- May 2017
The native peoples and their land were, and to some extent continue to be, under siege.
Here Berger is making a reference to the history of Indigenous peoples in Canada and how they have been affected through the degradation of nature around them. The history of white people bringing disease and other hardships to indigenous people is a well documented one. But the less talked about part is how modern technologies affect on the environment has affected them. Andrew Stuhl writes, "the number of reindeer in Barrow- the largest town in the region with a population of 1,200 Inuit- had dropped from an estimated 35,000 in 1935 to 5,000 in 1940." This dramatic decrease in reindeer population had a lasting effect on the Inuit population as they eventually had to negotiate with the Canadian government to get reindeer herds as a means of subsistence. As technology advanced, over fishing and whaling practices in the 1980s and 1990s drove some species of fish to near extirpation from the Arctic. Furthermore climate change is having a profound effect on indigenous populations in the more recent past. The raise of temperature is creating less sea ice and making the migrating patterns of whales and caribou less predictable. This causes it to be more difficult for Inuit hunters to track and capture their food. All of these things put together shows how white people's affect on the environment has made life harder for the indigenous populations of the Arctic. Ford, James D.1, firstname.lastname@example.org. "Indigenous Health and Climate Change." American Journal Of Public Health 102, no. 7 (July 2012): 1260-1266. Social Sciences Full Text (H.W. Wilson), EBSCOhost (accessed May 8, 2017). Stuhl, Andrew. Unfreezing the Arctic science, colonialism, and the transformation of Inuit lands. Chicago: The University of Chicago Press, 2016.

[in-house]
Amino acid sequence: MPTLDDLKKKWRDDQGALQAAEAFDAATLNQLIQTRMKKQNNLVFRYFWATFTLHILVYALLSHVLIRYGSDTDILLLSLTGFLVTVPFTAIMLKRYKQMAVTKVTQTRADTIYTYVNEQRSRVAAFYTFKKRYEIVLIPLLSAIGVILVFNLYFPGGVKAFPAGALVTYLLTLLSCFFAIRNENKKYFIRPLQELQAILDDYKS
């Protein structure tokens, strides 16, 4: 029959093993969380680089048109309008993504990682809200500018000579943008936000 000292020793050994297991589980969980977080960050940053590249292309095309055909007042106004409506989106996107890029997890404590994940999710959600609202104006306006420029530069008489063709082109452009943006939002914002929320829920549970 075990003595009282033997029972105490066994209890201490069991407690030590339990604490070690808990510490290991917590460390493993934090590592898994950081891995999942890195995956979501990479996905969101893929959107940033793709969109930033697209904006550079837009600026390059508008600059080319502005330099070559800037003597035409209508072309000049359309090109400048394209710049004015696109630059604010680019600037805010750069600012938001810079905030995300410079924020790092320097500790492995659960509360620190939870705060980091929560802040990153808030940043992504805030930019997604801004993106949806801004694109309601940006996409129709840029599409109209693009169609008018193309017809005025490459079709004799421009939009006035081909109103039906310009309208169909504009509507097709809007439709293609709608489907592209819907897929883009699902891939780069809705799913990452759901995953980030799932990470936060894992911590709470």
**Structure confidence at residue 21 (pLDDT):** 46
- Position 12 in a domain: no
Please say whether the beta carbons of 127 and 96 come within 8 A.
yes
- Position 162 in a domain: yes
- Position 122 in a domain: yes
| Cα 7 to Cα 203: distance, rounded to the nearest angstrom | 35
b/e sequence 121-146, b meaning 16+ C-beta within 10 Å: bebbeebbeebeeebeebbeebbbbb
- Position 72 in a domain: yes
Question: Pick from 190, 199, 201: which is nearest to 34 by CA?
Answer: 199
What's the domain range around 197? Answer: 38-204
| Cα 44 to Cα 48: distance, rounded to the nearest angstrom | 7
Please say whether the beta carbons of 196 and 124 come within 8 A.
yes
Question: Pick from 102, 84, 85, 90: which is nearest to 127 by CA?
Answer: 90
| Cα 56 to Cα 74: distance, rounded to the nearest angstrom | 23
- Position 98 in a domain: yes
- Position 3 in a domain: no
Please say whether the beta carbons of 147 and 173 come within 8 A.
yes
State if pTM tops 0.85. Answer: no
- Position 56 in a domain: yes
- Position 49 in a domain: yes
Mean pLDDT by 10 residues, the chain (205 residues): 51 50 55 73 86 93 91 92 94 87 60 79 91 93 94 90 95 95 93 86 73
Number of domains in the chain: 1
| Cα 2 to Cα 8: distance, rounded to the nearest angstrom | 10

National Parks Act
In this section, Berger talks about how he believes that there should be an amendment to allow for the creation of wilderness parks. The Berger Inquiry was first published in 1977 and by "1988 amendments also enabled the Governor in Council to give legal recognition to wilderness zones within parks, heightening the level of protection on these lands by prohibiting any activities that are 'likely to impair the wilderness character of the area." The National Parks Act has been an evolving document and has changed throughout its history. The first national park in Canada was established in 1885 which was Banff National Park but the National Parks Act was not passed until 1930. This act allowed for Canadian Parliament to create designated areas as national parks where industrial development and activities like hunting would be restricted. As of 2000 there was over 68,327,742 hectares of land designated as a national parks which is about 6.84 of the land in Canada. While this is a good percentage, there has been a push to add more national parks in different areas of the country. There was a proposal to add over 15,000 square kilometers and establish five new regions to the national marine conservation areas. In general, Canadians care about their national parks and "this significance has been reflected in the additions to the amount of area protected and changes to legislation and policy over the last decade." Dearden, Philip, and Jessica Dempsey. "Protected areas in Canada: decade of change." Canadian Geographer 48, no. 2 (July 20, 2004): 225-239. Social Sciences Full Text (H.W. Wilson), EBSCOhost (accessed May 8, 2017).